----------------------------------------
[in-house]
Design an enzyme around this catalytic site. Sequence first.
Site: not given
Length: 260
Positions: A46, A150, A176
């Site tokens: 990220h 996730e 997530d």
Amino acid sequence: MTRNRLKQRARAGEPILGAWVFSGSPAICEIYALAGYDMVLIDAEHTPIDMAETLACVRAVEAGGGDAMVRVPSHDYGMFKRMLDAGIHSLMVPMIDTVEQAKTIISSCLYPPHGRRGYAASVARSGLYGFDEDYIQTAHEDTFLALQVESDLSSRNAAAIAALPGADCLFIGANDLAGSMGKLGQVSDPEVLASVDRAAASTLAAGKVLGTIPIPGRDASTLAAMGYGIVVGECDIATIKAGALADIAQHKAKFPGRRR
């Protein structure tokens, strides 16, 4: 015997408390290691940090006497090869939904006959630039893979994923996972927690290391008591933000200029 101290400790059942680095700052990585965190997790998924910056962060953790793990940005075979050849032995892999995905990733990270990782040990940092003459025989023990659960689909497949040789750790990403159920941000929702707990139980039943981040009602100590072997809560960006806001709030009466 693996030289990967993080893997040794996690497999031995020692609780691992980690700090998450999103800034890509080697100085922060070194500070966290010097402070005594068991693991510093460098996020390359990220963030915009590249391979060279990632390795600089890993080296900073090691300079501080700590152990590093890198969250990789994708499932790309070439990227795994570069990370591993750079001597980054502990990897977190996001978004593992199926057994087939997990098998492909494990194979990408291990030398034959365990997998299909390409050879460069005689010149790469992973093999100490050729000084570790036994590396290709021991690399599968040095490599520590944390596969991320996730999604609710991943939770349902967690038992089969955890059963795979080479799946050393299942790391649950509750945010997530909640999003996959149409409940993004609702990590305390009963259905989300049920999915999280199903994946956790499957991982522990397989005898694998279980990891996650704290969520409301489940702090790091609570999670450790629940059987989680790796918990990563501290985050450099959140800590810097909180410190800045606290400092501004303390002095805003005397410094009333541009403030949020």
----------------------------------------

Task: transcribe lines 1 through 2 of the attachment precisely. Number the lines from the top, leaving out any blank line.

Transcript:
[in-house]
Design an enzyme around this catalytic site. Sequence first.